• Which needs are you going to meet? The customers share their common needs.
  • What relative price will provide acceptable value for customers and acceptable profitability for the company? The differentiation may involve extra costs, removing unnecessary costs to meet “just enough” of needs.

A common strategic mistake is being stuck in the middle. This happens when a company tries to serve all needs and all customers and is outflanked by cost leaders on one side, who meet “just enough” of their customers’ needs, and by differentiators on the other side, who do a better job of satisfying customers who “want more”. Surely, a good strategy is to start with a differentiation strategy to build a competitive advantage.

A tailored Value Chain

The company should choose to perform activities differently or to perform different activities from those of rivals. Choices in the value proposition that restrict what a company will do are key to strategy because they make it possible to customize operations in a way that best delivers the targeted specific value.

Trade-offs different from rivals

Trade-offs are the same as a fork in the road but for Strategy. If you choose one track, you cannot at the same time go for the other. Certainly, Strategy is about making choices between strategic options.

  • Firstly, product features may be incompatible. That is, the product that best meets one set of needs performs poorly in addressing others.
  • Secondly, there may be trade-offs in activities themselves. In other words, the configuration of activities that best delivers one kind of value cannot equally well deliver another.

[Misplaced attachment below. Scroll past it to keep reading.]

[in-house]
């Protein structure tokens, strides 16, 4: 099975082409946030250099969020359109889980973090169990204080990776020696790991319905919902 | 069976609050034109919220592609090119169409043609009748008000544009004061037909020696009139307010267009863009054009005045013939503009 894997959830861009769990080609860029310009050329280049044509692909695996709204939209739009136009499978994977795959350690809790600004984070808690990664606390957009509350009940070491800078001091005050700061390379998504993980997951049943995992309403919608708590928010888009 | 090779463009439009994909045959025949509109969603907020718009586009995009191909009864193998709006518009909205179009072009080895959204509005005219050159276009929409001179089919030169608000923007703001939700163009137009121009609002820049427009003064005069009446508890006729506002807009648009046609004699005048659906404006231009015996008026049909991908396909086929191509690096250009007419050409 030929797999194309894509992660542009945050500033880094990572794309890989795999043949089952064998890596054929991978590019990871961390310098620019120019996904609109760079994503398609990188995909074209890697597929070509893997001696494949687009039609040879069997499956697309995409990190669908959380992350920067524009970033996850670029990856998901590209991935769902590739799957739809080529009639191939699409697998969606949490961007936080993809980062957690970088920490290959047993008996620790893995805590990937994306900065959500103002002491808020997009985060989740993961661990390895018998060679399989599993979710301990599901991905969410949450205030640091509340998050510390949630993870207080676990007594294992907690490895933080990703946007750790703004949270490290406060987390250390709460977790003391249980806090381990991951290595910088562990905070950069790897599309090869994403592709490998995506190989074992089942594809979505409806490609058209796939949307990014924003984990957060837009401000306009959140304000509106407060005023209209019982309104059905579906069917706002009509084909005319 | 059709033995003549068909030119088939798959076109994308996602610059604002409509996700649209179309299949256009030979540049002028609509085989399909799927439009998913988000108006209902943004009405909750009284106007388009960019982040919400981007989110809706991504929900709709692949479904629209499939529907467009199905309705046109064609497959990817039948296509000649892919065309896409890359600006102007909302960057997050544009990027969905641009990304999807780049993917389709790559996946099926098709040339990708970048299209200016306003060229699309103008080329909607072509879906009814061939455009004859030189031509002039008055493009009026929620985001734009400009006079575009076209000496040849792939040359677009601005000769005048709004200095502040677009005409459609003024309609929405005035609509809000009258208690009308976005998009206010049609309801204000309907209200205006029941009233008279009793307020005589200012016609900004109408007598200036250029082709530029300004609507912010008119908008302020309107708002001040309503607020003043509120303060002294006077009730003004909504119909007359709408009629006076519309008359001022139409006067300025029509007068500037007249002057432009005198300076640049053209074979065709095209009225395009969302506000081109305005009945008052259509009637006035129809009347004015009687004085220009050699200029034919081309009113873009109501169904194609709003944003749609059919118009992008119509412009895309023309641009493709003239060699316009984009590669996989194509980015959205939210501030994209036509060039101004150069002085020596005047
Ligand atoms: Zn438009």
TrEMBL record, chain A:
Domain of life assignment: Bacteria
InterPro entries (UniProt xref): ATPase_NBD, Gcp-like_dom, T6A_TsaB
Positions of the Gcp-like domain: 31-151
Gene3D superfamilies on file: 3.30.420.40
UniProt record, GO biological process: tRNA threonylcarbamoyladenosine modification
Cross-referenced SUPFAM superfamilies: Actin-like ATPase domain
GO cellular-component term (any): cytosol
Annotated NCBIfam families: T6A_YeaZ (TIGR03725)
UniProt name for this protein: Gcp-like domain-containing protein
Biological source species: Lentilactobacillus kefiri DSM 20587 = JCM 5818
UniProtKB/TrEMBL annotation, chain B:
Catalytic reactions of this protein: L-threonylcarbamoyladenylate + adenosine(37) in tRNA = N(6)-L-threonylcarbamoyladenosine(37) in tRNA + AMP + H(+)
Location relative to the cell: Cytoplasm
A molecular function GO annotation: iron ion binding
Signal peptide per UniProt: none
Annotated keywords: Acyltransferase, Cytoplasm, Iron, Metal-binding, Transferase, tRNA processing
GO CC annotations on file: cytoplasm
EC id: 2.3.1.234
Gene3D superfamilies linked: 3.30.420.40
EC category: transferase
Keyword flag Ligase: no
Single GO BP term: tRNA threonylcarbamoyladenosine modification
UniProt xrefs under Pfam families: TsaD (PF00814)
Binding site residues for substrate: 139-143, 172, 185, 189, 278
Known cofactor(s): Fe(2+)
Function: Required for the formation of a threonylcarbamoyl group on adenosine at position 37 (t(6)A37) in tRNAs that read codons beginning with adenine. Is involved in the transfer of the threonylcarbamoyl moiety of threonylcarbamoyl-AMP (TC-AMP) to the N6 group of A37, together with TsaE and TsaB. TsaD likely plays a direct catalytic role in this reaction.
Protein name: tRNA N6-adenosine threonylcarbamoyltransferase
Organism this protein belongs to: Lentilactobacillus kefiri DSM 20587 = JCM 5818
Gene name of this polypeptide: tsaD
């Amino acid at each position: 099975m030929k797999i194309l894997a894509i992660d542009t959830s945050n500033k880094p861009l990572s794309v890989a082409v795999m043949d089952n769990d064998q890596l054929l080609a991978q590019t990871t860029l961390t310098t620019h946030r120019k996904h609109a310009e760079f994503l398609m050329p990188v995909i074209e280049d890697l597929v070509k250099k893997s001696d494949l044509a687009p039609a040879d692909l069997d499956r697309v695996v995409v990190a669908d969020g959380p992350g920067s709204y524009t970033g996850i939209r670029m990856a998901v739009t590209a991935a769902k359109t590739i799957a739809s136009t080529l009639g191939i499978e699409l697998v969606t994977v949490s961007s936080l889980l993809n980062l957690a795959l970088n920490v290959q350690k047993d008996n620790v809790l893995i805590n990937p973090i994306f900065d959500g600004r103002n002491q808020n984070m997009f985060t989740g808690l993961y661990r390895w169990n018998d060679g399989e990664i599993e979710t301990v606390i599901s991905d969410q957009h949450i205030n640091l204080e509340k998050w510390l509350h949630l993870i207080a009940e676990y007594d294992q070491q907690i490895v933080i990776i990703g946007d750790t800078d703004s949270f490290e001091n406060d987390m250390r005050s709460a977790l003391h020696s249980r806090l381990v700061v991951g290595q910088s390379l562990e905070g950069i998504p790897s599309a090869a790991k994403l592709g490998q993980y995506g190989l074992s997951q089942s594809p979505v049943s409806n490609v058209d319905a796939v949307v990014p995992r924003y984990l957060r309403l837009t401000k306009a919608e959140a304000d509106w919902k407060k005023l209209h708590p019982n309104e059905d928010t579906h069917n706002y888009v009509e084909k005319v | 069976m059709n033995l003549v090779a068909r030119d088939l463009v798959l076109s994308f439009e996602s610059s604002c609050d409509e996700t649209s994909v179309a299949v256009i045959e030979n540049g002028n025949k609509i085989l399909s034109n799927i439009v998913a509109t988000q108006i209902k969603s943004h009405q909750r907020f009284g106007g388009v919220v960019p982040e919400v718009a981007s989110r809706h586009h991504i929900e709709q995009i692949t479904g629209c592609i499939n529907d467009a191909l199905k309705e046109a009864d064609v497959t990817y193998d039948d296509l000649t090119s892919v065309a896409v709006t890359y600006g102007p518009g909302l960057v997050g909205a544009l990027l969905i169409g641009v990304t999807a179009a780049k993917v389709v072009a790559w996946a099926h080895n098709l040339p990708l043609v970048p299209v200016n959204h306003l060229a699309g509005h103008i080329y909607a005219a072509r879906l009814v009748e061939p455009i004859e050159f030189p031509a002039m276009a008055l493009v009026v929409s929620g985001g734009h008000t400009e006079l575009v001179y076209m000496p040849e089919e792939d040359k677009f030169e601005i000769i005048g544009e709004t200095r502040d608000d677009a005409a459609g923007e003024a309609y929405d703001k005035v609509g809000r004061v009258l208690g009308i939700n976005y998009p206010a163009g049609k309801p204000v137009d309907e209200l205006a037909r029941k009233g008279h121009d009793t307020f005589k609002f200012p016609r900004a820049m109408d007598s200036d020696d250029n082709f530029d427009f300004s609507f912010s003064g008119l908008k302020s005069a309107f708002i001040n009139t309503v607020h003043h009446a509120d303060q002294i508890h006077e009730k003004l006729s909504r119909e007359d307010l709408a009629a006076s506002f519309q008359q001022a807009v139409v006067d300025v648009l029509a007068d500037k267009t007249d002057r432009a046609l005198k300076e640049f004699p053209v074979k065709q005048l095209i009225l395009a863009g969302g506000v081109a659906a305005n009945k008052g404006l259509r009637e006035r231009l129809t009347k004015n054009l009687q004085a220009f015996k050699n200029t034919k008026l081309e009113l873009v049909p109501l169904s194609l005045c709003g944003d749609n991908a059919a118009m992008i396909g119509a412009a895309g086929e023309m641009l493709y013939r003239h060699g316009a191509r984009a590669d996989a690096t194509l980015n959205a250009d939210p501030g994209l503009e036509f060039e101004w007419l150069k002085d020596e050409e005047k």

• Thirdly, trade-offs may lead to inconsistencies in image or reputation.
  • As a matter of fact, the role of trade-offs in strategy is deliberately to make some customers unhappy.
  • By their very nature, trade-offs are choices that make a strategy sustainable because they are not easy to match or to neutralize.

Amplifier across the Value Chain, also called Fit

The value or cost of one activity is amplified by the way other activities are delivered.

  • First, basic consistency, when each activity is aligned with the company’s value proposition and each contributes incrementally to its strategy. When activities are inconsistent, they cancel each other out.
  • Second, when activities complement or reinforce each other. This is real synergy, where the value of each activity is raised by the others.
  • Third, substitution. Here performing one activity makes it possible to eliminate another and potentially lower costs.
  • All three types of fit are common, and they often overlap. In companies with a good strategy, fit tends to be both widespread over the whole company and tightly interconnected.
  • Fit makes Strategy more sustainable and deters imitation

Continuity over time, Strategy isn’t a stir fry, it’s a stew

  • Firstly, continuity reinforces a company’s identity. It builds a company’s brand, its reputation, and its customer relationships.
  • Secondly, continuity helps suppliers, channels, and other outside parties to contribute to a company’s competitive advantage.
  • Continuity fosters improvements in individual activities and fit across activities. It allows an organization to build unique set of capabilities and skills tailored to its strategy.
  • For the same reasons that continuity is valuable, companies pay a high price for frequent shifts in strategy. These require reconfiguration of activities and realigning the entire system.
  • Continuity of strategy does not mean that an organization should stand still. As long as there is stability in the core value proposition, there can be innovation in how it’s delivered.

What’s next? Learn how to implement your strategy and review Agile at Scale model. Learn on digital platform Strategy